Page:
BAFE explains why it is vital to have a fit-for-purpose detection system installed to prevent false fire alarms and how this reduces costs in the long term
The Unwanted False Alarm Signal (UFAS) investigation led by Assistant Chief Officer Lewis Ramsay (Director of Prevention & Protection, SFRS) reported that fire detection and alarm systems were responsible for a large number of false alarms, 293,100 of which were recorded in 2013-14. This resulted in an estimated cost for businesses of £1 billion a year, due to the disruption and loss of productivity. These false alarms also reduce the confidence of the general public and increasingly add to the poor attitude with a delayed reaction for fire alarm activations.
False alarm causes recorded in the greater Glasgow area between December 2014 and March 2015 included 325 faults, 116 accidental activations and 374 unknown (which could very likely include more faults, being the second highest statistic).
There is a video online titled ‘Human behaviour during a fire alarm’ that displays the current approach to how people react to an alarm without the obvious signs of smoke or fire itself. The complacency displayed to an actively sounding alarm shows how dangerous a fire could become. When people do not take any alarm activation seriously, it dramatically increases the possibility of being trapped in a burning building resulting in injury or death.
The design process for fire related systems should begin early in the development of a building. This will ensure the correct systems are in place to reduce these fault-related and accidental activations. With the reduction of these activations complacency for these will also be lowered, prompting a better response and call to action from people within the building.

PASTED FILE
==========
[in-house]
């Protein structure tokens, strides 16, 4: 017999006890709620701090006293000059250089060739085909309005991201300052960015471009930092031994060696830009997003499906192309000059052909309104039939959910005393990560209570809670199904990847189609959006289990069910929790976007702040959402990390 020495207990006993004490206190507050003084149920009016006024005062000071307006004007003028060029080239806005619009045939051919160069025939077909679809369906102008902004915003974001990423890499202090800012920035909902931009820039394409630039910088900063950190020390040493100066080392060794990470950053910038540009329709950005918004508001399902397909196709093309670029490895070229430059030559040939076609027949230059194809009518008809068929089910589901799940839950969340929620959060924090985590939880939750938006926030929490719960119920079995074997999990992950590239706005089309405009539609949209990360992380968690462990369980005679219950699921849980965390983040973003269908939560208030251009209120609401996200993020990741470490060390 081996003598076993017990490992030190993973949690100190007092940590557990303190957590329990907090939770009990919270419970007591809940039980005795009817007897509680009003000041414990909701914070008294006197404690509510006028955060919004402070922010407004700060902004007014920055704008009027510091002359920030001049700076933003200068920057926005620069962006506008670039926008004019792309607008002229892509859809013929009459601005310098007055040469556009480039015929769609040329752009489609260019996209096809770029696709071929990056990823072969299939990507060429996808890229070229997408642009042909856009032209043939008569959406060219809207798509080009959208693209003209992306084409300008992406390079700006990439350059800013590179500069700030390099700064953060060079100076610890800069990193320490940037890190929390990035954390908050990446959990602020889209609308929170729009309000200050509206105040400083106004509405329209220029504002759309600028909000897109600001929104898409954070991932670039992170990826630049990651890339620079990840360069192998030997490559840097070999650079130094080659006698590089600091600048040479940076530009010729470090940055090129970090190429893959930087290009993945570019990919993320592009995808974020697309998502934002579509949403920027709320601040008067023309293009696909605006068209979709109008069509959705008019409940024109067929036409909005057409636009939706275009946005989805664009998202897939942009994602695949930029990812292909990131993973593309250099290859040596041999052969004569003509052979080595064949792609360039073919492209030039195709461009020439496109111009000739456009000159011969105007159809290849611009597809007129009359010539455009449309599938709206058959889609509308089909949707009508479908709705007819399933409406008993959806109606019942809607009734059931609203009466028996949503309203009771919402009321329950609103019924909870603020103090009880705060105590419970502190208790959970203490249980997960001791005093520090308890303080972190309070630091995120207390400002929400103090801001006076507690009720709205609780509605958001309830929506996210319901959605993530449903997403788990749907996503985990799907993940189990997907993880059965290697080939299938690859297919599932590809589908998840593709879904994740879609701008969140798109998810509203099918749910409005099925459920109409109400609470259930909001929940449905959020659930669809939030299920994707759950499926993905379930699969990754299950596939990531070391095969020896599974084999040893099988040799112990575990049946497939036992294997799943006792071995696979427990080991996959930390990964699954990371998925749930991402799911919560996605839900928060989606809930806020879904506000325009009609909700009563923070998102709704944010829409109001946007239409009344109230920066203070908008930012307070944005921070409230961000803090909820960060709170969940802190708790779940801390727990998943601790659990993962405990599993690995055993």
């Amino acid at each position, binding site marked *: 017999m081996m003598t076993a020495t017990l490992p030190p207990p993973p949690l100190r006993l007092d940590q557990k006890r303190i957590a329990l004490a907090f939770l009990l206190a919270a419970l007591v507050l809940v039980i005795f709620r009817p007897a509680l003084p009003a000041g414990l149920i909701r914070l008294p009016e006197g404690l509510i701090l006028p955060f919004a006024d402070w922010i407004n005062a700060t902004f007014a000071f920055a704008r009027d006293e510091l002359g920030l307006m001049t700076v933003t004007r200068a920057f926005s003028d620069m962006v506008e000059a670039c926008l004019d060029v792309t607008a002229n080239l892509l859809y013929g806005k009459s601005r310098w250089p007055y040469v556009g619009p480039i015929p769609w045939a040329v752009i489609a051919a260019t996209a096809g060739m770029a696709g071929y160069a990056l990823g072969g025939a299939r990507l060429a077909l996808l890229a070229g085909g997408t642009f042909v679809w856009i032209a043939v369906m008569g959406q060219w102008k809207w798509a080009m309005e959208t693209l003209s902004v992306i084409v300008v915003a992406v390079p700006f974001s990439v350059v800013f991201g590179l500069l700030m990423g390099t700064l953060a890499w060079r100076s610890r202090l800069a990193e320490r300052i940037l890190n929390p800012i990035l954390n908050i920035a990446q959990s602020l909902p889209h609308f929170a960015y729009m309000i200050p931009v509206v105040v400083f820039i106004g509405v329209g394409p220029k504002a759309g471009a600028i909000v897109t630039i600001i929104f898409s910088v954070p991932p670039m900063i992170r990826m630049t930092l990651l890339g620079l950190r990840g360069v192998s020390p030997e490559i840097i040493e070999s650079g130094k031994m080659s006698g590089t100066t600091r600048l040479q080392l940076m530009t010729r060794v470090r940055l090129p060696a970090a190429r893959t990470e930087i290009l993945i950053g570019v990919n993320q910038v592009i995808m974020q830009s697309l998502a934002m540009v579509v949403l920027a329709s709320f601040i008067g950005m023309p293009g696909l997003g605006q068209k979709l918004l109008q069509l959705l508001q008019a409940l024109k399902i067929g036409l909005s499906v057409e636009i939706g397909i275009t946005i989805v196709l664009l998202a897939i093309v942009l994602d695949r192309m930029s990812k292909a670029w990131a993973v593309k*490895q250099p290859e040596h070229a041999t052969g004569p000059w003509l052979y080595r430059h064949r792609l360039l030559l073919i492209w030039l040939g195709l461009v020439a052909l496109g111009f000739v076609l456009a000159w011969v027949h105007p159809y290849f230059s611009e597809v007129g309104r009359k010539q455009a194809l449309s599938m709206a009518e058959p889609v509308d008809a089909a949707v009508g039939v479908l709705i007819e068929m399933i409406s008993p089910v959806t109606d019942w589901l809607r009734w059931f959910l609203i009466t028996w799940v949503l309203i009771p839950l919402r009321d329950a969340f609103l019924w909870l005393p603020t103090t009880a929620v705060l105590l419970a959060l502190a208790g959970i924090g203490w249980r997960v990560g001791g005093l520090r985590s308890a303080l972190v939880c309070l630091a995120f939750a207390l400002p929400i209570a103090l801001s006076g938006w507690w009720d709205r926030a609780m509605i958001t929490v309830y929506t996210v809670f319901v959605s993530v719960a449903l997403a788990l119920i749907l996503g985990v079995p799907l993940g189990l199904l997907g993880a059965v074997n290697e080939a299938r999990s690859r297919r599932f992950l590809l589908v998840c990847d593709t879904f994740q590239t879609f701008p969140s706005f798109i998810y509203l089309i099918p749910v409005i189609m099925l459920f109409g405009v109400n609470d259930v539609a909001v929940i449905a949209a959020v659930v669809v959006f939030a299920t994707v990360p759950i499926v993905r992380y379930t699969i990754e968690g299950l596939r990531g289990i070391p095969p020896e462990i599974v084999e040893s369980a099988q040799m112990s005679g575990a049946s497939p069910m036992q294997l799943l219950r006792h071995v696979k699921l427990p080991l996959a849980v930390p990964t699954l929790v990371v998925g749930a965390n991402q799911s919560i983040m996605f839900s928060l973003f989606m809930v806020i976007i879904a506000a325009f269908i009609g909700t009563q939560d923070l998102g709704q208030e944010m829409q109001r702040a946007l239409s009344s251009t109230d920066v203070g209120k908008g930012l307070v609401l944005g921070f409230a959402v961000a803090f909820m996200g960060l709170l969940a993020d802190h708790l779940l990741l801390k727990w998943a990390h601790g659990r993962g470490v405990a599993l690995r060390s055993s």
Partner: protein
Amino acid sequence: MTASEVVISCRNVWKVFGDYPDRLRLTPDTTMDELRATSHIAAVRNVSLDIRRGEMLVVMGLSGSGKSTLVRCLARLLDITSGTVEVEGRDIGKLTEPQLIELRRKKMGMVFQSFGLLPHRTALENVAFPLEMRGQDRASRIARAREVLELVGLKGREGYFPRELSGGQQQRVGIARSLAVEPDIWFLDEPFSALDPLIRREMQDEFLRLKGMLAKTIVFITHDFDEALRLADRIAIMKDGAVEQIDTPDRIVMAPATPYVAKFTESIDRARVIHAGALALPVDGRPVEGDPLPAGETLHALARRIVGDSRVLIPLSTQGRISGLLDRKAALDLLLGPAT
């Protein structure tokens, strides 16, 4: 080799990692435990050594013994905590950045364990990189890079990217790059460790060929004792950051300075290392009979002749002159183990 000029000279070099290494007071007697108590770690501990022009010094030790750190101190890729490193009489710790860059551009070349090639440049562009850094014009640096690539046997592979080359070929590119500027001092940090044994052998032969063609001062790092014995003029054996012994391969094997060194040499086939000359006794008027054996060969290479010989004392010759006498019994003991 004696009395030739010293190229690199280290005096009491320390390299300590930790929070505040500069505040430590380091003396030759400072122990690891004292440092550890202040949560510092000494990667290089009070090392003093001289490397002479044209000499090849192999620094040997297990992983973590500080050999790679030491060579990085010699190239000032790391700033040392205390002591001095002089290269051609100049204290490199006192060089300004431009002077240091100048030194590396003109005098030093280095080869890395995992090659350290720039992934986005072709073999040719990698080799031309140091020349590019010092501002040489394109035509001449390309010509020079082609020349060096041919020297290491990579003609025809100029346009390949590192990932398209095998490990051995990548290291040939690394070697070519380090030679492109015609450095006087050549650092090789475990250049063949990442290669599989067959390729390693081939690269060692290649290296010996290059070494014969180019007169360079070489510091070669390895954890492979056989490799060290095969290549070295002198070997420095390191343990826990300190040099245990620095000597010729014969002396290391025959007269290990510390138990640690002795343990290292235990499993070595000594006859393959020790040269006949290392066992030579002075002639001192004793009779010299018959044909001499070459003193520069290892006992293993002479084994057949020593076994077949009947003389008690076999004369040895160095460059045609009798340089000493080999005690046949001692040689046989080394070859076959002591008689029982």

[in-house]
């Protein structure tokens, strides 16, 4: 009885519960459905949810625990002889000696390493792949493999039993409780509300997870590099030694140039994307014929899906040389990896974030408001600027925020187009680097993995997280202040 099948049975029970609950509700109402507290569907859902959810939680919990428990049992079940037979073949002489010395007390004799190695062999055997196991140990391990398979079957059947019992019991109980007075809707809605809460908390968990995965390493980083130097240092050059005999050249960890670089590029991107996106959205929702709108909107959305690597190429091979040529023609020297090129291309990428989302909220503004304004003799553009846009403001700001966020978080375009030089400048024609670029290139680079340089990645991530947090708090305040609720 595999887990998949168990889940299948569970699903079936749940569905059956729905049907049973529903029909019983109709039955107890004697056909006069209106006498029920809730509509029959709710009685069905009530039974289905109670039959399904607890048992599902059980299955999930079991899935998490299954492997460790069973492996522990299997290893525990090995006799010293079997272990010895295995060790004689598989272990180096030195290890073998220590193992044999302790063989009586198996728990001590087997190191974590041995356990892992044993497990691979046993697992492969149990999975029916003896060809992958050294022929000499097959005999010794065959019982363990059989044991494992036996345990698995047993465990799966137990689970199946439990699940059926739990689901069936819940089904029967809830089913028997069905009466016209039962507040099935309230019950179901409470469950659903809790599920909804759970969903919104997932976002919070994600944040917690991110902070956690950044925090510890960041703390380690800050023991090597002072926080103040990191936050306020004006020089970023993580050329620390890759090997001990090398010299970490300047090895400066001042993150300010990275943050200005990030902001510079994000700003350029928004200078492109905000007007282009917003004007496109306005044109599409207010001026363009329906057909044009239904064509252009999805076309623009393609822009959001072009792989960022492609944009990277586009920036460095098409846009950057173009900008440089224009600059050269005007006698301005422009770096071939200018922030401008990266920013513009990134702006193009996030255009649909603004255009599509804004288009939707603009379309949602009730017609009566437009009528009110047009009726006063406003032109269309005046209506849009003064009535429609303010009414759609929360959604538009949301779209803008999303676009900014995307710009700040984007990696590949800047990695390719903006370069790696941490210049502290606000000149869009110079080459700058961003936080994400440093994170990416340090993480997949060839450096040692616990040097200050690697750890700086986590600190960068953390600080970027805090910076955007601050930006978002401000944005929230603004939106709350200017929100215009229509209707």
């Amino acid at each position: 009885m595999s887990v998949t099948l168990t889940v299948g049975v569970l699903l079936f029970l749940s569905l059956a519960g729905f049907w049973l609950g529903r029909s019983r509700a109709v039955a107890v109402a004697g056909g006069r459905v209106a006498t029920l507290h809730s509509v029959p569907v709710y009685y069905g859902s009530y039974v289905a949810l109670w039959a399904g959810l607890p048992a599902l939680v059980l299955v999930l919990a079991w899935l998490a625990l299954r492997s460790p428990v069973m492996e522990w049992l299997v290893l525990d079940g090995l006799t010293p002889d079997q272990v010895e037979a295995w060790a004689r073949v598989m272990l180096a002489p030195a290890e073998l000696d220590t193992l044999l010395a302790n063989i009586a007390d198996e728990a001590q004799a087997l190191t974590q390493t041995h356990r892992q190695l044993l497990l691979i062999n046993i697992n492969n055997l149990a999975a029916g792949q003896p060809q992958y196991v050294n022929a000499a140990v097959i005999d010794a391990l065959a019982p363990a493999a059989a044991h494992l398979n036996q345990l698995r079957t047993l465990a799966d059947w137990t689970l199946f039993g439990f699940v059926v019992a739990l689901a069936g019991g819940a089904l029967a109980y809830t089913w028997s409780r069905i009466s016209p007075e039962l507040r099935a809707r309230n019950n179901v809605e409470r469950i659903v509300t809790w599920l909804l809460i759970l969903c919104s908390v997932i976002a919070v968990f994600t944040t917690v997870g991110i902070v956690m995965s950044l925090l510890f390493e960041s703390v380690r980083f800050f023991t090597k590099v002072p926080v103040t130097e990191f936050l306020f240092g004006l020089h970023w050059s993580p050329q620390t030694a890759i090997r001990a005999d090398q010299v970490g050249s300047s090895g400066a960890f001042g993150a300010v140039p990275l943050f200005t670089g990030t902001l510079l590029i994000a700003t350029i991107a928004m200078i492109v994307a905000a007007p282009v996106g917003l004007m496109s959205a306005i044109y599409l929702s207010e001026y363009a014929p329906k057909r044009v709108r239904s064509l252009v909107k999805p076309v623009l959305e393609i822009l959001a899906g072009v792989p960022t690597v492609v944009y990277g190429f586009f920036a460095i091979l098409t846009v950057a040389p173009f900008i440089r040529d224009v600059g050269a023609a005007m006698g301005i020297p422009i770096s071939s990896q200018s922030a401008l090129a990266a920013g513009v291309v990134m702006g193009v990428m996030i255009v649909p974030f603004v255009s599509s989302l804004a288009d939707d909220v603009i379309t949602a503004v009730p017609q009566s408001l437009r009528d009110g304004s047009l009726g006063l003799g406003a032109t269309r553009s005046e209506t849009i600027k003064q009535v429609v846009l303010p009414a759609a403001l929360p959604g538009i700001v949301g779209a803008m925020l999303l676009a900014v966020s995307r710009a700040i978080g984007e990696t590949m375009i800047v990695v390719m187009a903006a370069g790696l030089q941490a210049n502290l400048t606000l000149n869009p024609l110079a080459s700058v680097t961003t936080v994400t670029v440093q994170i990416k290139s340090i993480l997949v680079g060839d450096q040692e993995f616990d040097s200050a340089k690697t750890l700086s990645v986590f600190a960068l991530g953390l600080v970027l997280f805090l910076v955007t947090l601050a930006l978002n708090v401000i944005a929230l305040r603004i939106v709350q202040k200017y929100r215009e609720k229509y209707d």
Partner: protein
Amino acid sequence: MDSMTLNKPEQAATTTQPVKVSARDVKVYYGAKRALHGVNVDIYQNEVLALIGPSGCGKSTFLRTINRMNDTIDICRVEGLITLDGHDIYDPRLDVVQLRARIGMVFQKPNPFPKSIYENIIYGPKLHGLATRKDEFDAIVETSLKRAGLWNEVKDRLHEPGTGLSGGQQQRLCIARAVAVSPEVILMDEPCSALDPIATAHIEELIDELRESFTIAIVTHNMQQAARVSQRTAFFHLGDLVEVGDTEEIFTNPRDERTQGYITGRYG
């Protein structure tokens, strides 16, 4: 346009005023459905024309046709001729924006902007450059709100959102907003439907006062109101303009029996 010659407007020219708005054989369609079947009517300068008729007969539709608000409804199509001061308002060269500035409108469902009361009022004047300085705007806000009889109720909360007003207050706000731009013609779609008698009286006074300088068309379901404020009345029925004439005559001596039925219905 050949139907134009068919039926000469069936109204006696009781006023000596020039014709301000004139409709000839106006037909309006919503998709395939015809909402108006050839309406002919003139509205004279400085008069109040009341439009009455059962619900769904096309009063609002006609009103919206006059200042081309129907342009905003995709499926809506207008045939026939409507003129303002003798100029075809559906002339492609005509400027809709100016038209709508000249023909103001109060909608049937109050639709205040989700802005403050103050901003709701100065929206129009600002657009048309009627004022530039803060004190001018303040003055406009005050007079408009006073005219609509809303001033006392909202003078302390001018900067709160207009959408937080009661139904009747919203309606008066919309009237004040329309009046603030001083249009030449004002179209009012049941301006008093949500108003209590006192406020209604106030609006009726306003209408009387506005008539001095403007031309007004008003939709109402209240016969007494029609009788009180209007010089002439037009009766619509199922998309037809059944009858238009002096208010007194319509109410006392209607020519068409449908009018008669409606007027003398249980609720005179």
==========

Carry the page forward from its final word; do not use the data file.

The ongoing maintenance of any fire alarm system is also extremely important. Security systems are regularly switched off when opening the premises and switched on again when leaving, alerting you to any errors or issue with this system on a day to day basis. Fire systems, however, are on all the time – and sometimes overlooked. By making sure that everything is in order, there will be a much-reduced risk of false activations and that they will work at the most critical times to protect life and property.
Let’s not forget this is a major part of your responsibilities listed in UK fire legislation and the appointed responsible person to provide this has a duty of care to all staff and visitors to make sure the building is safe from fire.
How can I ensure my fire systems are correct for my building?
It is always strongly recommended to use third party certified providers for works that relate to life safety. More specifically, providers that are certified in the areas of fire safety that you require. In this circumstance, fire detection and alarm systems, BAFE offers certification in four areas of this process – design, installation, commissioning and maintenance. This acknowledges the different skills required to ensure a quality system.
The use of third party certified providers can help you display you have shown due diligence in your design and building development responsibilities for life safety.
Stephen Adams, BAFE Chief Executive, stated “the design process is a completely different skill to the maintenance of a fire protection system, and this should be recognised by the specifier before any works are carried out. While maintenance is an extremely important factor of any fire related system, the early stages of creating and implementing said system are just as important. The right systems in place will ensure the best level of protection for everybody”.